This is a short-short that I wrote a few months ago.
“The Places Between the Spaces”
She walked through the door of the bar. It was your typical Irish pub–all wood with brass rail. It probably looked like every other Irish pub in town, except this one was two blocks from her apartment. A nice stroll. She pushed her way to the bar ordered an Irish Cream and milk then sat down at the table between the bar and the front window. It was the only table in the place–there wasn’t a whole lot of space. But the little round table with its two chairs fit perfectly in the corner. What was she thinking coming here on St. Patrick’s Day? Not that it mattered: every bar in the area would be crowded tonight. She mindlessly watched people walk by as she looked at her drink. She wondered which ingredient they put the green food dye in: the milk or the Irish Cream? She took a sip of the green drink, leaned back in her chair and continued to watch the people walk by. Every now and then a cold gust of air tickled her legs. She must be sitting by a vent, although she couldn’t figure out why the air would be cold. It was March–not cold, but still chilly. One would think the air would still be heated.
It had been a long day at work. Even with the huge, very loud crowd yelling over the very loud band, it was good to be here. The last thing she wanted to do was sit in her apartment alone. Who knew? May be she’d get hit on. Stranger things have happened after all.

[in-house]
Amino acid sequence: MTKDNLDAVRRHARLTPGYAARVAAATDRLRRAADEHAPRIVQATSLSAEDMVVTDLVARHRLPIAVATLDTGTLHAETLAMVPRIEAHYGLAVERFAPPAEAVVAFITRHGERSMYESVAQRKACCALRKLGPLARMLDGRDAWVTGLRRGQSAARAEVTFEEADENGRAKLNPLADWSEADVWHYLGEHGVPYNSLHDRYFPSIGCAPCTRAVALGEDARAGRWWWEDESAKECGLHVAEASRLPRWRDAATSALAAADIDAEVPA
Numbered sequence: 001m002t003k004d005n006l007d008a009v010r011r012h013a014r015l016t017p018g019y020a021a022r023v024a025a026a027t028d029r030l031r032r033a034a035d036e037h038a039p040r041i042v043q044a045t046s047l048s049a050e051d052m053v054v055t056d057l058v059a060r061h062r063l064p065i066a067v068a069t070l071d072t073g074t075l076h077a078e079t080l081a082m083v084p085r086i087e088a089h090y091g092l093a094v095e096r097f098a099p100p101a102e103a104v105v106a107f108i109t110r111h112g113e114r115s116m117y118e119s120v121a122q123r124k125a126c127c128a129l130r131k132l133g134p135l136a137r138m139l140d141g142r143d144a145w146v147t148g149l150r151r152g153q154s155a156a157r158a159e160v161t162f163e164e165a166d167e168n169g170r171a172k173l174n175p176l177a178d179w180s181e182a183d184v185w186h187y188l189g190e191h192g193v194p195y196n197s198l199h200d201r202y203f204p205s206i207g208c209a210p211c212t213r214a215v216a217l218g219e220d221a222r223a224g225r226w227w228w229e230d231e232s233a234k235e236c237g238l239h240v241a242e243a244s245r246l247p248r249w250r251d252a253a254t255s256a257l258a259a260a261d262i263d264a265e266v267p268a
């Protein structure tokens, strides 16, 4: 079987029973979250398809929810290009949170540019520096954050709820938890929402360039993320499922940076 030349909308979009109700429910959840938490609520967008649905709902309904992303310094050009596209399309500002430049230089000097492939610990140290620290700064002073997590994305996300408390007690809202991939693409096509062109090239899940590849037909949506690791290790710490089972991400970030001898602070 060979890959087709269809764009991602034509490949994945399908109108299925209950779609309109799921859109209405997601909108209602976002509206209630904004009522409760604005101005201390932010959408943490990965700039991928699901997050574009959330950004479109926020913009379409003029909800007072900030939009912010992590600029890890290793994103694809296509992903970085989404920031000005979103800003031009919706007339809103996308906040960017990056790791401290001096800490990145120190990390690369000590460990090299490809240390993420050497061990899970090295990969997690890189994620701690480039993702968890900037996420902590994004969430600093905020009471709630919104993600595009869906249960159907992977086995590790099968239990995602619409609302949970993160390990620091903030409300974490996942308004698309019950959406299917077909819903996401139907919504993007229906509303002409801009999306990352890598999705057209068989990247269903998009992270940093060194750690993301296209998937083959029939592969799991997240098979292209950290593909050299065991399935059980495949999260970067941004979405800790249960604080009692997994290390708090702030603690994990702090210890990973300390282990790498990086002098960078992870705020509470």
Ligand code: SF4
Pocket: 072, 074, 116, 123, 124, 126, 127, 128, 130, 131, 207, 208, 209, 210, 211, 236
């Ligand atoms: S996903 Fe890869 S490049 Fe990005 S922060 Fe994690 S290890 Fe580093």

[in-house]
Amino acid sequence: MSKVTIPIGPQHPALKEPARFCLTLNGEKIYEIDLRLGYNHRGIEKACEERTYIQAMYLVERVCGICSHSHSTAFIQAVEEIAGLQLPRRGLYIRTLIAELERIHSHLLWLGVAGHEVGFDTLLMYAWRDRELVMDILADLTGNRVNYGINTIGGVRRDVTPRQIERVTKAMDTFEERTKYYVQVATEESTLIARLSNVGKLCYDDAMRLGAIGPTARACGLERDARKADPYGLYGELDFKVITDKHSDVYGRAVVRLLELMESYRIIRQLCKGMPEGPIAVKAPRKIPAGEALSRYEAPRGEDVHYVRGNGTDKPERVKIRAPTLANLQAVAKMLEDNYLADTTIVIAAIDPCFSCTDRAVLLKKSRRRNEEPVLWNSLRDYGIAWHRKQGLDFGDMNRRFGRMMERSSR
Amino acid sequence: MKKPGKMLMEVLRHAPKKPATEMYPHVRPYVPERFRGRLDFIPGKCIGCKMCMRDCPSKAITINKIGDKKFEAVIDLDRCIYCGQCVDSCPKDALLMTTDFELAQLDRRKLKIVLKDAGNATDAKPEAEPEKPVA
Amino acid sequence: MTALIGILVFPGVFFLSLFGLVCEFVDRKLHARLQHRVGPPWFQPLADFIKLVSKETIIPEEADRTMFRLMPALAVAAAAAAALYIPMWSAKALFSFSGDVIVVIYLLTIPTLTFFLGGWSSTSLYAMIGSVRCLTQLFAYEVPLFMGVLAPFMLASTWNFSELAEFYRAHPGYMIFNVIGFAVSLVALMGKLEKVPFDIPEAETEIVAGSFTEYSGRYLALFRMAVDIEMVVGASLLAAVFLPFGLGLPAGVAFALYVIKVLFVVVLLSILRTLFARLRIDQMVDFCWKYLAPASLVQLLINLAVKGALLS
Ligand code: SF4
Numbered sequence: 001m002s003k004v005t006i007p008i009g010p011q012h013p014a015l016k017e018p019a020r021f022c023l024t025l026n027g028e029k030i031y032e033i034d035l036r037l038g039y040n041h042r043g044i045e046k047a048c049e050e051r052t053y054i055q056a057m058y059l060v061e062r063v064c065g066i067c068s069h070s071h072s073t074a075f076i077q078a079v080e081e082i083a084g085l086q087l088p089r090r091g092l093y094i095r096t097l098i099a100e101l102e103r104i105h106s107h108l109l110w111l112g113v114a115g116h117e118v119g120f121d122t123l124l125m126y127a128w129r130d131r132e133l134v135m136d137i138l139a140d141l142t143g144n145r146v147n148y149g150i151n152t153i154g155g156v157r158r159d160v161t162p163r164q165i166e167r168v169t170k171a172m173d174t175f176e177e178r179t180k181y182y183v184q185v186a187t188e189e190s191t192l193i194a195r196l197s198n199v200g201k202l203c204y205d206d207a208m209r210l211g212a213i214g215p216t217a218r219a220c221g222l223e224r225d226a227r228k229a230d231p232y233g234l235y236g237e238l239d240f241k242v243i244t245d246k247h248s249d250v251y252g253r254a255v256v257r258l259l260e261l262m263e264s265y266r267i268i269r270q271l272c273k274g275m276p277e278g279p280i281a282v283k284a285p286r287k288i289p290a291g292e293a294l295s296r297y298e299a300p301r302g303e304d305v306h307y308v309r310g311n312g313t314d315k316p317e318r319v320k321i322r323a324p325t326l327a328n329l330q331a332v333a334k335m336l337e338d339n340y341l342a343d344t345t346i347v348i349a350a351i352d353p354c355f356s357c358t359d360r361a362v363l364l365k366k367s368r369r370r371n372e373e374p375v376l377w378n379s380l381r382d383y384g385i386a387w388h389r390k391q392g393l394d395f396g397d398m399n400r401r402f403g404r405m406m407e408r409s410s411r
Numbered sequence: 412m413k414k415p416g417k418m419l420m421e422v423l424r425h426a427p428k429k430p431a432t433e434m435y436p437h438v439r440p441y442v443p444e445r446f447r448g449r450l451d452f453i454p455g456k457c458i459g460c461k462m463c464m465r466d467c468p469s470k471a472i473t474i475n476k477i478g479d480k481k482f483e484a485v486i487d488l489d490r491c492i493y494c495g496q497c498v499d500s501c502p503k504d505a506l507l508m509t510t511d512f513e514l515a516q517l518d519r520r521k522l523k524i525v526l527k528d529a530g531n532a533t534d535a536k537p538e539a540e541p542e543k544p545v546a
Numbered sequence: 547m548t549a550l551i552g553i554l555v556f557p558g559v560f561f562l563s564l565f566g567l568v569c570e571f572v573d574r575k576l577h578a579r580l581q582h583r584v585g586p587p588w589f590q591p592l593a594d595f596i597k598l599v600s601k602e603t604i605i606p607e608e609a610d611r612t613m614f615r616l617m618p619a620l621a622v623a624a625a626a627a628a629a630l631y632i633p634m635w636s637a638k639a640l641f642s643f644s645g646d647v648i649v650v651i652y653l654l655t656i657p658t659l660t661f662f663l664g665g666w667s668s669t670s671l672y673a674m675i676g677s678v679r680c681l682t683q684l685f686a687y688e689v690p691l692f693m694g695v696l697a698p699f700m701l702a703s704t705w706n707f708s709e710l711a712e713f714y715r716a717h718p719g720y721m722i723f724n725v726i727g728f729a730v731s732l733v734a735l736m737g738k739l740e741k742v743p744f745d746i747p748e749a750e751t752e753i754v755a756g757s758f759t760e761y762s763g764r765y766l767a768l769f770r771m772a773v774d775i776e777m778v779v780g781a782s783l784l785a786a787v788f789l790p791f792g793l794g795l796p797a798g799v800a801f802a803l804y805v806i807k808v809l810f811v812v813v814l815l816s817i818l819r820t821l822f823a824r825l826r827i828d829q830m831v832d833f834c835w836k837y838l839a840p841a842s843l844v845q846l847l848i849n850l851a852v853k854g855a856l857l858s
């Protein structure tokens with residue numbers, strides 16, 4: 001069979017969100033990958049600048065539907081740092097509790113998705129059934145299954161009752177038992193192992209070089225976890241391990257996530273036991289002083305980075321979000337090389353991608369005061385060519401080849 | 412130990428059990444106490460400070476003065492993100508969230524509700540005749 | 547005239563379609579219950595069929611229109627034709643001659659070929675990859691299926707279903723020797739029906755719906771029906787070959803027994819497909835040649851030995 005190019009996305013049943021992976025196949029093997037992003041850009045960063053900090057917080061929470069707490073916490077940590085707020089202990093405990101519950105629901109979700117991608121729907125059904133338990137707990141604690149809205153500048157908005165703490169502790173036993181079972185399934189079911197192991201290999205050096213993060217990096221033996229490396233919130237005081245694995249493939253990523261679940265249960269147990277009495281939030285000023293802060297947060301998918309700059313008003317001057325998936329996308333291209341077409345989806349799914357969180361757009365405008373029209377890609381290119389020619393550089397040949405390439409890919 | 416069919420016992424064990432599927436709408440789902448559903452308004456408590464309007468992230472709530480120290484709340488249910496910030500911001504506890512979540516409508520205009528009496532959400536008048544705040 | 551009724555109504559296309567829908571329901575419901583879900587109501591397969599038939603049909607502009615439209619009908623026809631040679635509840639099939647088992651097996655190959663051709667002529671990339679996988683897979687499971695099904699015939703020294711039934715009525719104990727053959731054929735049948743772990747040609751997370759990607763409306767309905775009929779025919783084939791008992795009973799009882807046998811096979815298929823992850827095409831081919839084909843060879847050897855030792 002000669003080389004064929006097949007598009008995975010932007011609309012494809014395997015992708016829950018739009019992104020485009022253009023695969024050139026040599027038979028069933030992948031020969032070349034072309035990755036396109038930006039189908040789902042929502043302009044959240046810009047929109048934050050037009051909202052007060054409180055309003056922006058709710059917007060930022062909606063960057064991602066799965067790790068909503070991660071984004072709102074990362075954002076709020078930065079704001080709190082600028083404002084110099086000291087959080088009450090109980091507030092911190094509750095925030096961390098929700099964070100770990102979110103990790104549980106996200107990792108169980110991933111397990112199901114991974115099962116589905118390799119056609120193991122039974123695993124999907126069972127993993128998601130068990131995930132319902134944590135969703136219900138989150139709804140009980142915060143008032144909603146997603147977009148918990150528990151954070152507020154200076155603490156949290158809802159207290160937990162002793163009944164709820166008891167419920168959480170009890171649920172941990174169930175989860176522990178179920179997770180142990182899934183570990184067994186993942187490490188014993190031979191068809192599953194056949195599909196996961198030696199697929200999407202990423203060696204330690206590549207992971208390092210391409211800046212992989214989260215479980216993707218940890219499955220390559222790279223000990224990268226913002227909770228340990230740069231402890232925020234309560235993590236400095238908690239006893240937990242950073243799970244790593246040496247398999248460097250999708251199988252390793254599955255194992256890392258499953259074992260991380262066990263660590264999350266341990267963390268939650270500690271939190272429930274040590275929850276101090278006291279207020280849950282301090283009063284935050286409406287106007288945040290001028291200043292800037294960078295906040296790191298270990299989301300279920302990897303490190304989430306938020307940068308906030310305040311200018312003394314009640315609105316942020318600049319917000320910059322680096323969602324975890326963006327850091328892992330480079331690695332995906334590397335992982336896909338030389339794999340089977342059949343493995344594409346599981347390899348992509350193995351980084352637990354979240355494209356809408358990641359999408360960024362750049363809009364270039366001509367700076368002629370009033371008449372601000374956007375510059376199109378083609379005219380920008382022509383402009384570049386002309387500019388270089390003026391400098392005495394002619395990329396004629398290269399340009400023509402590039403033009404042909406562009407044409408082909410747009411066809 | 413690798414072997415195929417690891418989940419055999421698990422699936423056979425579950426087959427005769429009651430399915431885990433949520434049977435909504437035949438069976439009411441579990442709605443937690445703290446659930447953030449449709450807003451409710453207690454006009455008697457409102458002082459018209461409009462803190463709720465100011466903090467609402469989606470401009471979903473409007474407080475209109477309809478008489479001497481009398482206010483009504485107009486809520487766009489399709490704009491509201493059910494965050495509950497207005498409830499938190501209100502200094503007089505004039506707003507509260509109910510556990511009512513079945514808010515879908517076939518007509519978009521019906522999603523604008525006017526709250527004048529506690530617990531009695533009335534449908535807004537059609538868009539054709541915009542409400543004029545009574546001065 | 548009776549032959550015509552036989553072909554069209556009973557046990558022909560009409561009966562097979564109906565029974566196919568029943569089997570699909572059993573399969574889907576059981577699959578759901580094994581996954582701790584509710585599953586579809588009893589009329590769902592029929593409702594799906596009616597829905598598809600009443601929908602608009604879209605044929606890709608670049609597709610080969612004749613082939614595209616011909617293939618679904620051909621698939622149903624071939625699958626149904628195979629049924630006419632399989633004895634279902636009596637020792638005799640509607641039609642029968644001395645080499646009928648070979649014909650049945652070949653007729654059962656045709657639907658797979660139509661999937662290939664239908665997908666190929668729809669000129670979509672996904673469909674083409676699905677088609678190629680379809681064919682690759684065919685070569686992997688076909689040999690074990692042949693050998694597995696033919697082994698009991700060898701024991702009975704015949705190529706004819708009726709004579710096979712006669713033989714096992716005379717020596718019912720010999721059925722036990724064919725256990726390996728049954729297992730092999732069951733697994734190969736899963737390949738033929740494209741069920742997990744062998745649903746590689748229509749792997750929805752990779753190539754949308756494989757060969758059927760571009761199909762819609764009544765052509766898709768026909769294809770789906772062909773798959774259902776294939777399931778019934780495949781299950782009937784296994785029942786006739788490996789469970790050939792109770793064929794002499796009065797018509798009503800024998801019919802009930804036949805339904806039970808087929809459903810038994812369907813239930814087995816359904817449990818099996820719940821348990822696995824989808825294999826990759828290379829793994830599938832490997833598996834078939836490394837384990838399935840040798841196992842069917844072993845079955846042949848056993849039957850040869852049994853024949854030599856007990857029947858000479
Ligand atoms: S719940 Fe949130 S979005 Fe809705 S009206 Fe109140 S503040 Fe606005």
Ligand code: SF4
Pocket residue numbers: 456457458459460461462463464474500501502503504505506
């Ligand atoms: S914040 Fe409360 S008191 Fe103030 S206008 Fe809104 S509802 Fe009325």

The cold air hit her legs again, but this time it kept blowing. The gust had become a breeze, and it was coming from the side of the bar. Why the hell would anyone put a vent there? Someone had left part of today’s paper in the other chair. She grabbed it and dropped to her knees. May be she could block part of the air flow. As she groped along the bar, her hand suddenly slipped through a hole. A really big hole. What in the world? It was pitch black–why couldn’t she see inside the bar area? The partition wasn’t that thick. She should see the legs and feet of the bartenders who were trying to keep up with all the orders, but there was nothing but darkness. The cold breeze was blowing her hair off of her face. She started to crawl forward.
She didn’t know where she was, but she knew it wasn’t the bar. She remembered her grandmother telling her about the “spaces between places”: spaces where ghosts, spirits, sprites, and all sorts of “the otherwordly kind” lived. The blackness ahead of her was turning into a shimmering green. As she entered the green light, she saw a beautiful redheaded woman lying on the floor of the bar, her throat slit, a large pool of her own blood under her. It was the bar, but now it was empty, dark and cold. She and the dead woman were the only two here. She swallowed and began to back out. The green went back to darkness then her feet hit her chair. She slowly stood up and sat down. She polished off the rest of her drink in one gulp. She wasn’t planning on getting drunk when she came here. But then she wasn’t planning on finding out a woman had been murdered here by finding a space between the places either. She stood and caught the attention of one of the bartenders, “An Irish whiskey, please.”
I am interested to see what this little short will turn into once it’s had time to develop.